Increasing self-confidence helps us learn how to see the world through our own eyes and live using on the wisdom we gather through experience. It reminds us not to base our self-worth or decisions on what we hear or see from others, but to honor our true selves within. In a world increasingly concerned with “status” (in social media situations mostly dependent on the number of friends or “likes” one receives!) I believe self-confidence is extremely crucial for our children. By teaching them self-confidence we are helping our kids feel good about being themselves which will help them live fuller and more meaningful lives in the years to come.
Kids can go through stages of *appearing* self-confident or not. Sometimes the level of self-confidence they show seems to depend on the situation – the people or the place – and sometimes it may just depend on the day. We should not expect our children to be outgoing or “confident” 100% of the time (would we expect the same thing from ourselves?) but we can help them learn to overcome shyness or trepidation by practicing techniques of reaching out to others and standing up for what they believe in even when it feels new and scary. This week our family worked on some aspects of self-confidence through role playing with puppets.
While sometimes I use puppets to interact with my children (like in this activity) this time I put on a puppet show for the kids first… and then let the kids interact with the puppets after watching a few scenarios. I did this mainly because I wanted them to see several examples relating to our quality (self-confidence/courage) first, and then be able to help the puppets through the challenges they faced.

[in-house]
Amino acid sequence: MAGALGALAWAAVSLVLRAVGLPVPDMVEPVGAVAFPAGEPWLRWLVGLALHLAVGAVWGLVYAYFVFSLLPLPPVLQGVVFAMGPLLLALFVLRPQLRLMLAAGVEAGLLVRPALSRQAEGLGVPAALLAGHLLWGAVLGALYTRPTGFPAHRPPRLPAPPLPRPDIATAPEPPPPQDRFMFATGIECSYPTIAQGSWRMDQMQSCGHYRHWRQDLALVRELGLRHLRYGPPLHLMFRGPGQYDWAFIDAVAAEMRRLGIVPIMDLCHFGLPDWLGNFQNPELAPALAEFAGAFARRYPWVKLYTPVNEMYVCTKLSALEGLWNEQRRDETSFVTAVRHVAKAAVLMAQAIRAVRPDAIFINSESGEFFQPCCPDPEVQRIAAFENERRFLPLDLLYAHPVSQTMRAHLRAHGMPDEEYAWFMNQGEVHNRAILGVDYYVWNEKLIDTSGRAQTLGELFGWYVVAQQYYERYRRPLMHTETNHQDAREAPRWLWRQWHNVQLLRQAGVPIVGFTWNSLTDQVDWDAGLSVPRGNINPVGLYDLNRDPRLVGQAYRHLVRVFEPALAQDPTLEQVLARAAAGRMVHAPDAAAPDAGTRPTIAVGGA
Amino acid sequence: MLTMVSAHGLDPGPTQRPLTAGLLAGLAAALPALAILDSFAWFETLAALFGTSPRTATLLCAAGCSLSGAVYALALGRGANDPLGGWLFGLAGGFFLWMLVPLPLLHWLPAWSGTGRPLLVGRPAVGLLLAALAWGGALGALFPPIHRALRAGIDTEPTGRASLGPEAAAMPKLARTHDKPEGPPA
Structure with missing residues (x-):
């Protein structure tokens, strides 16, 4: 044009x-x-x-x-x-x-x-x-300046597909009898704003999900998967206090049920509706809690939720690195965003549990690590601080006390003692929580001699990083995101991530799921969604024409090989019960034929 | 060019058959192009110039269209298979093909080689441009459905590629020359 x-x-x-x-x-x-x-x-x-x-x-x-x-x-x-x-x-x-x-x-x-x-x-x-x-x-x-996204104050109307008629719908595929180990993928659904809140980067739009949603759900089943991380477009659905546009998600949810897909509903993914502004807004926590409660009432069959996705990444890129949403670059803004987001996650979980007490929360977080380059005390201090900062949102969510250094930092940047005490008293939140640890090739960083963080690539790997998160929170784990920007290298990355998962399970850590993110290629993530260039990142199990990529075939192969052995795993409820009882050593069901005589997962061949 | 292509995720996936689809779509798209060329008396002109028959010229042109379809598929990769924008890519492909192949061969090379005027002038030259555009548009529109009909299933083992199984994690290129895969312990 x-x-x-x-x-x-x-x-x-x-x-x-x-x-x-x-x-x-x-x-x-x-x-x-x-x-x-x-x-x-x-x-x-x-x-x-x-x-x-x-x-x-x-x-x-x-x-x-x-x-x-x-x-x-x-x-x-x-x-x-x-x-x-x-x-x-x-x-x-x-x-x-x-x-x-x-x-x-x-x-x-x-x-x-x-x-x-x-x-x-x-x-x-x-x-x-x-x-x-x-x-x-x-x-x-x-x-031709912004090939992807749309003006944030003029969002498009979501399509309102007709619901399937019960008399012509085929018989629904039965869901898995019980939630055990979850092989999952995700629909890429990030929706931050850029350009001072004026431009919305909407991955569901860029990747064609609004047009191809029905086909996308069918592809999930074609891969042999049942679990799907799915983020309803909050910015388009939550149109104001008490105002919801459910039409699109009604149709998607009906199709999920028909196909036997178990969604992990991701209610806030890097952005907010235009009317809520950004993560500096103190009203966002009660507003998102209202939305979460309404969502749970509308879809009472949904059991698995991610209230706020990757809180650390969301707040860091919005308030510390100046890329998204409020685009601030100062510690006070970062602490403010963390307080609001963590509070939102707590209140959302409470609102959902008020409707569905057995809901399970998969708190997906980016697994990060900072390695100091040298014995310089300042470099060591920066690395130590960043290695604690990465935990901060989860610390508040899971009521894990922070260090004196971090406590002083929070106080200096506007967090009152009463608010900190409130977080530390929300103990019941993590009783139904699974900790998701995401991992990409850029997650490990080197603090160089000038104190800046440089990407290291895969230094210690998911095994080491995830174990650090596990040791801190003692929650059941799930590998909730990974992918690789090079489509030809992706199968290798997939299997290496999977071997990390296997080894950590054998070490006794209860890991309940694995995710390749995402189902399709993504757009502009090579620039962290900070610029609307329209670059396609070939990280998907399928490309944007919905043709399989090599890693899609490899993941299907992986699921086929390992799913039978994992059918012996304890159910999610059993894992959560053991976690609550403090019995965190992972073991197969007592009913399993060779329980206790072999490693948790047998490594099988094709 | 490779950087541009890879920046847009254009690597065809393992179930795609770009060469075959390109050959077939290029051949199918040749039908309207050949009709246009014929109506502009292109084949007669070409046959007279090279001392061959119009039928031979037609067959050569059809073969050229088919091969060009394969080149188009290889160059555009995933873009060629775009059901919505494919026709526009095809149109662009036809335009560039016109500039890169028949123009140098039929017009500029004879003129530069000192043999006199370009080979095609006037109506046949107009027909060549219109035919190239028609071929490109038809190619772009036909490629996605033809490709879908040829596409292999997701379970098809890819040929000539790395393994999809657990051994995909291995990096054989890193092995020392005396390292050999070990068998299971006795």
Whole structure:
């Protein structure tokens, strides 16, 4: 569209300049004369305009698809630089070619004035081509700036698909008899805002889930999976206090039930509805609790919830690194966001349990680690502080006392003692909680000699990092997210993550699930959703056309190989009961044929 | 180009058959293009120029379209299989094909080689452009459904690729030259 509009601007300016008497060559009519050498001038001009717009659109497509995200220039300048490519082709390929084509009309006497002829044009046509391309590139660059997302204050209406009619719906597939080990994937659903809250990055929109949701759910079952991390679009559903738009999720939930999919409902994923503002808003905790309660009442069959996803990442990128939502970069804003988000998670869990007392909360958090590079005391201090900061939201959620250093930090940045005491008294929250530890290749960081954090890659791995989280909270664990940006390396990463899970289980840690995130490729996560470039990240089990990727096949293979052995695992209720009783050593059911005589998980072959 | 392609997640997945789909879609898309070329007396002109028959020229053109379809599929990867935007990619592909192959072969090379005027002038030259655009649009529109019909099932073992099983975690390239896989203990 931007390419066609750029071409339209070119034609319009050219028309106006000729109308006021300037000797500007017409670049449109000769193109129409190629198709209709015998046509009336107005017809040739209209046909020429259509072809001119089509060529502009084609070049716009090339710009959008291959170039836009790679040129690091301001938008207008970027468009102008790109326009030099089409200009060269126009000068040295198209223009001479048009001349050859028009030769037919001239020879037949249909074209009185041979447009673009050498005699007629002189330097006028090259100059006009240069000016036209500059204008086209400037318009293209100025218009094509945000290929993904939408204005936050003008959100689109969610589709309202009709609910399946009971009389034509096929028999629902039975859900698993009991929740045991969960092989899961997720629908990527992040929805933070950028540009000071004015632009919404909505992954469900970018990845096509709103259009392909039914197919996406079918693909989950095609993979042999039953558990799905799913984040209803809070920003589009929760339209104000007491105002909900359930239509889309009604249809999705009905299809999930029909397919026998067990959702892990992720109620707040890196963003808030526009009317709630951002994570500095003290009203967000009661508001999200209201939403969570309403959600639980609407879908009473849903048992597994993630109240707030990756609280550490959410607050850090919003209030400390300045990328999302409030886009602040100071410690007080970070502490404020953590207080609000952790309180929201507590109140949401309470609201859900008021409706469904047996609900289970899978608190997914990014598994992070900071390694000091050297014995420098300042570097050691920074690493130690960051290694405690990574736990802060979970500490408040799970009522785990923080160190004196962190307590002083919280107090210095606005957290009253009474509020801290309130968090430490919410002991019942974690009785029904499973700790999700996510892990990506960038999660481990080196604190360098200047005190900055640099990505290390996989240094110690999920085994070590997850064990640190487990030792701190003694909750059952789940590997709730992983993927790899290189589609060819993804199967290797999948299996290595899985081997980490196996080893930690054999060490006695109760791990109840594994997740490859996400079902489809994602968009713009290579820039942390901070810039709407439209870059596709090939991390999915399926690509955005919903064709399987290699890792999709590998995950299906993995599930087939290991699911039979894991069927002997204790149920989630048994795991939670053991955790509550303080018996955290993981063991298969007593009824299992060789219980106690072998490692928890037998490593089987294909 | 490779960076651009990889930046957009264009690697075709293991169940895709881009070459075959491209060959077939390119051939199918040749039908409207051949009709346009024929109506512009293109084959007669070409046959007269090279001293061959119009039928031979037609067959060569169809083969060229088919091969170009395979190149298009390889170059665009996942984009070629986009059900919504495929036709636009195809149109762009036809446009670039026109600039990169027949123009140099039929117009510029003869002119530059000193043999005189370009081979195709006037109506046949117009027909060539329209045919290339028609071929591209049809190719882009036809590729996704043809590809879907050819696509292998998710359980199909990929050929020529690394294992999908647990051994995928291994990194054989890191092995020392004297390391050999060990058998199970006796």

You can do this activity with any puppets – finger puppets, hand puppets, stick puppets – or dolls and action figures. Even fingers, for that matter! We already had a few homemade stick puppets so I just worked around the characters on hand (Thomas the Tank Engine, Bob the Builder, and a lego duplo lady who I will refer to as Lego Lady) to make up my story.
The two situations I acted out first were:
- Lego Lady was feeling shy at the playground but wanted to play with others
- Thomas the Tank Engine arrived at the playground and noticed no one was like him (they were all people and he was a train) so felt afraid to talk to others
I basically just had the two characters talk to themselves on opposite sides of our little “puppet stage” (this was a painted box we had lying around so we cut a hole in the top and made one side lift up for an arm to be inserted while it sat on the table… I ended up putting the box on top of my knees though which was much easier!)
Then I asked the kids if they could help Lego Lady and Thomas, and they offered suggestions. I added a few points like, “We don’t need to be afraid of being different” etc when they fit.
After Lego Lady and Thomas became friends I had Bob the Builder appear, and Lego Lady wanted to see what Bob was doing since she had never seen a builder before. So she had to work up the courage to talk to him and ask him questions about what he was building. Eventually Bob even gave them some jobs they could help out with.
The three main situations I wanted to address, all revolving around self-confidence and having courage to be yourself, were:
- Being able to make new friends.
- Not being afraid of being different.
- Trying something new.
You could, of course, create scenarios with any type of character revolving around these lessons.
Have you talked to your kids about self-confidence? How do you help them overcome shyness?
Feel free to share your experiences with this activity and/or any variations you came up with. Links to related activities or to your post that links here, are most welcome also.
Thanks for your feedback – I appreciate all your comments!